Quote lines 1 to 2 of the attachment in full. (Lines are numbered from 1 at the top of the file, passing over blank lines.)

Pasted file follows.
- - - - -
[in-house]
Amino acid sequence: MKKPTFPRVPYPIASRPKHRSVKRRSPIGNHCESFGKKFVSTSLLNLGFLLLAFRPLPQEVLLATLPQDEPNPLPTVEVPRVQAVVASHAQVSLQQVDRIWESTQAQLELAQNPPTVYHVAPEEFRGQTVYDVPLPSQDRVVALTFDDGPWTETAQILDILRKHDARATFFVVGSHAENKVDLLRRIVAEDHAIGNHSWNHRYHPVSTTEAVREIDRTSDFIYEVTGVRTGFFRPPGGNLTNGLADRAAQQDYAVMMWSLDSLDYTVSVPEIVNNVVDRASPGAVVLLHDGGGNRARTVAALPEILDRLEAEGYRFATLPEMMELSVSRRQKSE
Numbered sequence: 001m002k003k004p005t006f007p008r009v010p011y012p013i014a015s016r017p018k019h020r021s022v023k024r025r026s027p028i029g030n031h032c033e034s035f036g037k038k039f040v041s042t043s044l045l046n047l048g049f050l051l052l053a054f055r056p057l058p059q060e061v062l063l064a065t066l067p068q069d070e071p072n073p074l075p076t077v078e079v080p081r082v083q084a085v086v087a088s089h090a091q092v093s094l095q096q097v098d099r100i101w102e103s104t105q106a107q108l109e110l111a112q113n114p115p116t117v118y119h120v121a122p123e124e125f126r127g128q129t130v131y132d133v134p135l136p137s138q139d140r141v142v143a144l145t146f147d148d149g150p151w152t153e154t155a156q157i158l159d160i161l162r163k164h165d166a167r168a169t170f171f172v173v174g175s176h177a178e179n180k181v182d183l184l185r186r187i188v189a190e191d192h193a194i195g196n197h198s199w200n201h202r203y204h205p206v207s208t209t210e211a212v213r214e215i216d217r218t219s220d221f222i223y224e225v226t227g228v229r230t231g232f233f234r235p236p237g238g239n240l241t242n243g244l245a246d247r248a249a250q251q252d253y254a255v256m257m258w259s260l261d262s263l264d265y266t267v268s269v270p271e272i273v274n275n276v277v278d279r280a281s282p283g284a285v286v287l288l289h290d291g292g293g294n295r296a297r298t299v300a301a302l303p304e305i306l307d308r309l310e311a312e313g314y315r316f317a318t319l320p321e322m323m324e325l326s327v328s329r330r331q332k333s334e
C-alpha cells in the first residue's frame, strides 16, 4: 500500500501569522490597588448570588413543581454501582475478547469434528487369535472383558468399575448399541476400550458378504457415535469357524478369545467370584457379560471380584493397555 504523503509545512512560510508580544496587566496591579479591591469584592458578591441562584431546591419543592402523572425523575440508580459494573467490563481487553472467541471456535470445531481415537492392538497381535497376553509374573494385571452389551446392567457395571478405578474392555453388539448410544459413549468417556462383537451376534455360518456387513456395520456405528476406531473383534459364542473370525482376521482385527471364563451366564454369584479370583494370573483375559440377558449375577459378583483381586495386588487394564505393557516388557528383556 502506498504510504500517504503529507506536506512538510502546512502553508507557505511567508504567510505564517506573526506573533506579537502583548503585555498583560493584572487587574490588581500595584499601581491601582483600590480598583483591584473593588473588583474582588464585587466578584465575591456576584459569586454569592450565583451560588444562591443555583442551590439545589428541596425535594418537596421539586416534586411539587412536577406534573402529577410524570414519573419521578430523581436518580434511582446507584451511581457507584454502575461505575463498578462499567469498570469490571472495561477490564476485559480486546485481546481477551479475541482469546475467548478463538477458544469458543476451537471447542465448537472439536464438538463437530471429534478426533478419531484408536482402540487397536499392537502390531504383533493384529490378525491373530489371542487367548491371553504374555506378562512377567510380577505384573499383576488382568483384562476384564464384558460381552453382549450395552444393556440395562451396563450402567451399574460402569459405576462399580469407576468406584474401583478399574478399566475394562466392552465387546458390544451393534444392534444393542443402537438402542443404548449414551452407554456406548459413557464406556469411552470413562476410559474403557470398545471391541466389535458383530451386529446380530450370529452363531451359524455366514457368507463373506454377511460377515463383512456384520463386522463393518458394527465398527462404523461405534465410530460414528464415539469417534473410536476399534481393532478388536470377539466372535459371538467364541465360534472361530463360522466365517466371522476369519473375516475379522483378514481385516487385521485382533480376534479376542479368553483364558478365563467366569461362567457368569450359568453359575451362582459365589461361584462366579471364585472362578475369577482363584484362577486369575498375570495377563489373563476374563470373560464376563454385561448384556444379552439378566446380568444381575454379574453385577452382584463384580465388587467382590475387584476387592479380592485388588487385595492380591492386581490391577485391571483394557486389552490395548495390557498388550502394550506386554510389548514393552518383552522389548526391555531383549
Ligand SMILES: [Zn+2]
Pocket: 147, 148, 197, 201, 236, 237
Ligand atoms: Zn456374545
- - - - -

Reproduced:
[in-house]
Amino acid sequence: MKKPTFPRVPYPIASRPKHRSVKRRSPIGNHCESFGKKFVSTSLLNLGFLLLAFRPLPQEVLLATLPQDEPNPLPTVEVPRVQAVVASHAQVSLQQVDRIWESTQAQLELAQNPPTVYHVAPEEFRGQTVYDVPLPSQDRVVALTFDDGPWTETAQILDILRKHDARATFFVVGSHAENKVDLLRRIVAEDHAIGNHSWNHRYHPVSTTEAVREIDRTSDFIYEVTGVRTGFFRPPGGNLTNGLADRAAQQDYAVMMWSLDSLDYTVSVPEIVNNVVDRASPGAVVLLHDGGGNRARTVAALPEILDRLEAEGYRFATLPEMMELSVSRRQKSE